In addition to his own research, Fisher directed more than 40 doctoral dissertations at USC Annenberg, four of which were honored with the National Communication Association’s Dissertation of the Year Award. He served on hundreds of other doctoral student committees as well as mentored junior faculty colleagues and enthusiastically celebrated their own career successes.
Thomas Hollihan, professor of communication and director of doctoral studies, recalled how Fisher expertly balanced his commitment to scholarship with his passion for teaching, allowing generations of USC students to benefit from his wisdom, passion for sharing his knowledge, and his generosity with his time and attention.
“Walt was a born editor and mentor, always willing to give his careful advice and smart line-by-line edits, always produced in pencil,” Hollihan said. “He contributed to reshaping and improving thousands of articles and research papers. Students and peers alike found that sharing one’s work with Walt could be a humbling experience, for he could always find many needed improvements, but it was also a hugely rewarding experience because he cared so deeply about enhancing its impact in the field and the reputation of its author.”
Fisher was editor of the Quarterly Journal of Speech (1984–86) and the Western Journal of Speech Communication (1976–79). He served as president of the Western Speech Communication Association and chaired that organization’s Rhetoric and Public Address Interest Group. He was also a member of the boards of directors of the Rhetoric Society of America and the California State Speech Communication Association.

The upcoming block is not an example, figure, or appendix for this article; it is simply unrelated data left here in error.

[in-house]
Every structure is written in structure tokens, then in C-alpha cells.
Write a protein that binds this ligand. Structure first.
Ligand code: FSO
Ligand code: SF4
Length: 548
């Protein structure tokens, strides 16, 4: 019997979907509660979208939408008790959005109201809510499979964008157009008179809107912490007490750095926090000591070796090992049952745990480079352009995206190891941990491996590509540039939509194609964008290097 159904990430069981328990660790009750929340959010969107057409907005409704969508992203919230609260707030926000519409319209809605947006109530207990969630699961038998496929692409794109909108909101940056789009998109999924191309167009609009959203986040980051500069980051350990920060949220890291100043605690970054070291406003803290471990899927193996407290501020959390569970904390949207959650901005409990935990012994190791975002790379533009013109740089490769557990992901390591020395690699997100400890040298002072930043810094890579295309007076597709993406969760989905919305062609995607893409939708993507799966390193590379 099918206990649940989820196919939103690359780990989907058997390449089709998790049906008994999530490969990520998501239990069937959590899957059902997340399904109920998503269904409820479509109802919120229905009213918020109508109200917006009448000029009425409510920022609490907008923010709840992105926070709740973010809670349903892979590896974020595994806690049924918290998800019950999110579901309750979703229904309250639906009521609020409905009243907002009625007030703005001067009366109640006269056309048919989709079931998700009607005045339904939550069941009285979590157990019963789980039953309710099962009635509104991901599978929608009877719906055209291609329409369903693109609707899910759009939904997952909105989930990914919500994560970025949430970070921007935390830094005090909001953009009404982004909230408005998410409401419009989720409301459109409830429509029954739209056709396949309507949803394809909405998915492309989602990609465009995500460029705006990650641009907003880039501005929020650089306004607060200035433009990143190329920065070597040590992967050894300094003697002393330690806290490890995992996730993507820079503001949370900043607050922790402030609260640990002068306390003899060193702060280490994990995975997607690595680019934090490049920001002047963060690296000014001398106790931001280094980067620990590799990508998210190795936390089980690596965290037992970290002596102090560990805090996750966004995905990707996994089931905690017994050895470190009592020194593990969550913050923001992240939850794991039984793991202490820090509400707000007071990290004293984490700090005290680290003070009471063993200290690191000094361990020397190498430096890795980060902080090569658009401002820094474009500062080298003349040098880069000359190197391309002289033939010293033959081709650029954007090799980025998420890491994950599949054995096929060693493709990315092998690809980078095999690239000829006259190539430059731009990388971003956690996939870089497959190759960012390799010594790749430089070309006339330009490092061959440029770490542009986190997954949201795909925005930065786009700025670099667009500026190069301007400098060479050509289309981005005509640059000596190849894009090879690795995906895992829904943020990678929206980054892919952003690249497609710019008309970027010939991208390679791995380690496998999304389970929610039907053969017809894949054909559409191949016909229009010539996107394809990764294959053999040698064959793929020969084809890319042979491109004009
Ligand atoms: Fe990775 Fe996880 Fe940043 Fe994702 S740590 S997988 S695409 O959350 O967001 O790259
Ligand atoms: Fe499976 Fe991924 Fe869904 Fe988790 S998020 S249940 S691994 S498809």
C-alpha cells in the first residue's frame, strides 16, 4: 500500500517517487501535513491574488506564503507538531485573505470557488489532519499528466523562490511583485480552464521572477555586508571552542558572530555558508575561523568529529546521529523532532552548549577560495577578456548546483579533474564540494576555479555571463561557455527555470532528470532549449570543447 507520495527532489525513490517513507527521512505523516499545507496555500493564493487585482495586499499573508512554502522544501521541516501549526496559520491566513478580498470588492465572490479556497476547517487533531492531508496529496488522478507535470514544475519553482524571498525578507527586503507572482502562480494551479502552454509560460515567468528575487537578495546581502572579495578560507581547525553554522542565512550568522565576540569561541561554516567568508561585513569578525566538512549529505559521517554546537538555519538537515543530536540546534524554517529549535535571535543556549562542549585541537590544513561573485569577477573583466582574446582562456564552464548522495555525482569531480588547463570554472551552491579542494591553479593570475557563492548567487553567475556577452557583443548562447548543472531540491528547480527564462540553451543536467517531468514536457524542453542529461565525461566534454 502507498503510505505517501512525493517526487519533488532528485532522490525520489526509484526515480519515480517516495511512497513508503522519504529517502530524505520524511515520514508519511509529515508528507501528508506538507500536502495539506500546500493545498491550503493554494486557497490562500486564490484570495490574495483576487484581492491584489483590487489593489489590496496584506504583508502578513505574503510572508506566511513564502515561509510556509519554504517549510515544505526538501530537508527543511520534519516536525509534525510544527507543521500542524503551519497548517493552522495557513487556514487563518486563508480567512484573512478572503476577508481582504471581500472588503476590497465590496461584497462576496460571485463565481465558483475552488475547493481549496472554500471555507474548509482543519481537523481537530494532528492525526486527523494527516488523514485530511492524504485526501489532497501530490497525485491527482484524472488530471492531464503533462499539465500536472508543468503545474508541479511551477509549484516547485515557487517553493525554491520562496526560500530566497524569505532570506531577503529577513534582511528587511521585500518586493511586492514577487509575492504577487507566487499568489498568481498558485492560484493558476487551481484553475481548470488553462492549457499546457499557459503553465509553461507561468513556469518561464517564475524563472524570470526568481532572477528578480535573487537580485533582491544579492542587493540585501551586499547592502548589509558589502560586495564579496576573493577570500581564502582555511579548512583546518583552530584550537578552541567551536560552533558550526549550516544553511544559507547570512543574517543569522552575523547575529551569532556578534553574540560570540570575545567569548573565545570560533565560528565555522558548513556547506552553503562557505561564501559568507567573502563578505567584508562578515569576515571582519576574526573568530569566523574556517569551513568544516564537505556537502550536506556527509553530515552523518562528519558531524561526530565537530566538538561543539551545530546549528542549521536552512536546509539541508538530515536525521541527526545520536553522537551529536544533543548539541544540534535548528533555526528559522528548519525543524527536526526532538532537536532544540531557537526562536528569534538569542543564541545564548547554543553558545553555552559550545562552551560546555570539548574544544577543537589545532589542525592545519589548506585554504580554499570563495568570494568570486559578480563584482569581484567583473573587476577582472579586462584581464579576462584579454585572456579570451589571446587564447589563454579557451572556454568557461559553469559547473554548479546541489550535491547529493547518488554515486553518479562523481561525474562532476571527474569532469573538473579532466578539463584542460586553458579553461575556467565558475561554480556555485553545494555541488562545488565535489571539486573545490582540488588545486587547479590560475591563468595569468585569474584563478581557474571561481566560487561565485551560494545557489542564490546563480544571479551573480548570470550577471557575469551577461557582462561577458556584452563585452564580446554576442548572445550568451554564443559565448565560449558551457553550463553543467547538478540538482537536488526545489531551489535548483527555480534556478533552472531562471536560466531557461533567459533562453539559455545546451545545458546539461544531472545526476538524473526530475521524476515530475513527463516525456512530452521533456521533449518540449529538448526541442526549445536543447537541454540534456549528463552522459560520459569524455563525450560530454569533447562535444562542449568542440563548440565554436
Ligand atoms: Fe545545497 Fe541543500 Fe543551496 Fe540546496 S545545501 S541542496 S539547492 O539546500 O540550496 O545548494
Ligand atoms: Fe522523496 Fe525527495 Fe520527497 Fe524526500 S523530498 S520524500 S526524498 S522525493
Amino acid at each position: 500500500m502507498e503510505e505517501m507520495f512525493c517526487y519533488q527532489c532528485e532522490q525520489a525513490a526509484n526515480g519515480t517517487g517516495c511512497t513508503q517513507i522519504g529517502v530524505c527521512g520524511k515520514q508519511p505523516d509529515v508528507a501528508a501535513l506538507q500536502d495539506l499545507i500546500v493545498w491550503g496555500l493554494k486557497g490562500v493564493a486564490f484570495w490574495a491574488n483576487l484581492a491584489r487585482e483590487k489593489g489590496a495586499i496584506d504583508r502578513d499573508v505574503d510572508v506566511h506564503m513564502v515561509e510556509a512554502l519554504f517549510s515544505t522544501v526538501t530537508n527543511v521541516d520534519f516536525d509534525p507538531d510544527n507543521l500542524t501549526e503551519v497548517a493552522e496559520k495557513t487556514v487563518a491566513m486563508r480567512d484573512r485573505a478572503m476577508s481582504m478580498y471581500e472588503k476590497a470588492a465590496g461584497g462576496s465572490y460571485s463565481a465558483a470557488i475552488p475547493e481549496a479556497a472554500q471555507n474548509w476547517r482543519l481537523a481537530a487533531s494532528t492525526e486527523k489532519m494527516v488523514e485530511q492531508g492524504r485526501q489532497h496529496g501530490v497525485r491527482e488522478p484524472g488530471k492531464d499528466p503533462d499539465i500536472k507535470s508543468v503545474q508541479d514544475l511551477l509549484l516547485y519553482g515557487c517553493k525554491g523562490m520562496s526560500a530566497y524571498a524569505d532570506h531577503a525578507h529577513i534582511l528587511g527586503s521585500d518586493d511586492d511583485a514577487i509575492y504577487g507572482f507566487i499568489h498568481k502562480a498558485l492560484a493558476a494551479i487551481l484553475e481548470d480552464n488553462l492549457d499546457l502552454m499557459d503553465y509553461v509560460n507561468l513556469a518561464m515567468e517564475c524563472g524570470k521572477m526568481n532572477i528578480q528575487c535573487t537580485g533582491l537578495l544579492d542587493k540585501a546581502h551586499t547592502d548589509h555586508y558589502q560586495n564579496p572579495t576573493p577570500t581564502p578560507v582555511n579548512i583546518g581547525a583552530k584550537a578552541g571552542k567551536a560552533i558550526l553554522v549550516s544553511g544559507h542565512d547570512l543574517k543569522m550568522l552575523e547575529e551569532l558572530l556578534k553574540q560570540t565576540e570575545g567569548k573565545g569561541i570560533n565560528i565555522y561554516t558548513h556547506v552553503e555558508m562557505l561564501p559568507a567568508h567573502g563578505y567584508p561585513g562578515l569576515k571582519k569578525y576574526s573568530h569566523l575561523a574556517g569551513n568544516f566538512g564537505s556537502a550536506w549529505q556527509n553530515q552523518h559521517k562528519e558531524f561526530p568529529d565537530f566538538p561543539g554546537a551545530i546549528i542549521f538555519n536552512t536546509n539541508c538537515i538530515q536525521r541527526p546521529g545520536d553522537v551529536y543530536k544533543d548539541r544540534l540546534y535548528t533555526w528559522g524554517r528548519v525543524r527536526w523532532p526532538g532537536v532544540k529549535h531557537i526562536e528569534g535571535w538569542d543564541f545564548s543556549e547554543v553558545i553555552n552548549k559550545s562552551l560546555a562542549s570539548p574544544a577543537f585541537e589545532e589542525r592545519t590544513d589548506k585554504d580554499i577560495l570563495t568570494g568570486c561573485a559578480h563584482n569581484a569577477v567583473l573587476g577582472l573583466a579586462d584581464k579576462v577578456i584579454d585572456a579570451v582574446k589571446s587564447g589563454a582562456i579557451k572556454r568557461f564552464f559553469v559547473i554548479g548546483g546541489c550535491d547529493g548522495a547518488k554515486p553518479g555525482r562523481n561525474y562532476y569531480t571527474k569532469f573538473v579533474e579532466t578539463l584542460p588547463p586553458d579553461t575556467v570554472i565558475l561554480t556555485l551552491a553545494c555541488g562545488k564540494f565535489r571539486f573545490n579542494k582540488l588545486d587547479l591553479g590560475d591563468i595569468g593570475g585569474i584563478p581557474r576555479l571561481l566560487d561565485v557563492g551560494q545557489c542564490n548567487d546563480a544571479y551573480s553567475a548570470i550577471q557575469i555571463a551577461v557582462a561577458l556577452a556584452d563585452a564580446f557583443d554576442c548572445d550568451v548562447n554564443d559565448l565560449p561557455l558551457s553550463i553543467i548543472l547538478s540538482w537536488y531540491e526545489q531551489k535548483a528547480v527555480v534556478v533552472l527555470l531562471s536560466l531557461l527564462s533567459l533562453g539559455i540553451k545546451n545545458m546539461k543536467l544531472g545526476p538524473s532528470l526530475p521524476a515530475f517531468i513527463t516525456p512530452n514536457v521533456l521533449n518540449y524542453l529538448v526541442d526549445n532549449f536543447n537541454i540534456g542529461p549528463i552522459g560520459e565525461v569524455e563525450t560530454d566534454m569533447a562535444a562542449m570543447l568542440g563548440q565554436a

His article, “Narration as a Human Communication Paradigm” (Communication Monographs, March 1984), was cited by the Speech Communication Association as the year’s “outstanding article in any of the areas of speech communication arts and sciences.” His 1987 study, “Human Communication as Narration,” won the National Communication Association’s James A. Winans-Hebert A. Wichelns Memorial Award for Distinguished Scholarship in Rhetoric and Public Address.
In 2002, the Walter R. Fisher Lecture was created at USC Annenberg to honor his legacy by bringing back an alumnus/a to present an annual lecture to newly admitted doctoral students and faculty. In addition, SDSU’s School of Communication honored him in 2016 with its Outstanding Alumni Award.
Hollihan remembers Fisher as “a man of strong opinions,” who acted on them. He said Fisher was perhaps most proud of creating Chicano and African American Studies programs early in his academic career and supporting the careers of women at a time when there were few in the professoriate.
“Walt was witty and clever and always interested in learning what others thought and never failed to ask his colleagues how their families were doing. He enthralled generations of the children of faculty colleagues and graduate students with magic tricks and riddles,” Hollihan said. “He will be greatly missed, however, his presence will continue to be felt viscerally in the day-to-day activities of the School of Communication and at USC.”
Fisher was named an emeritus professor in 2005. He was an adoring father, grandfather and great-grandfather who also enjoyed walking along the beach, going out to coffee with his dog, Foxie, and sipping his favorite wines.
Fisher is survived by his sister, Jo Ann Pearce; his children Beverly Fisher, Roxanne Fisher Richards and her husband Robert Richards, Thomas Purnell-Fisher and his fiancée Lauren Taflinger; his grandchildren Martin Phillips, Challey Wittebort and Adrianna Ortenzio; and his great grandson Scott Wittebort.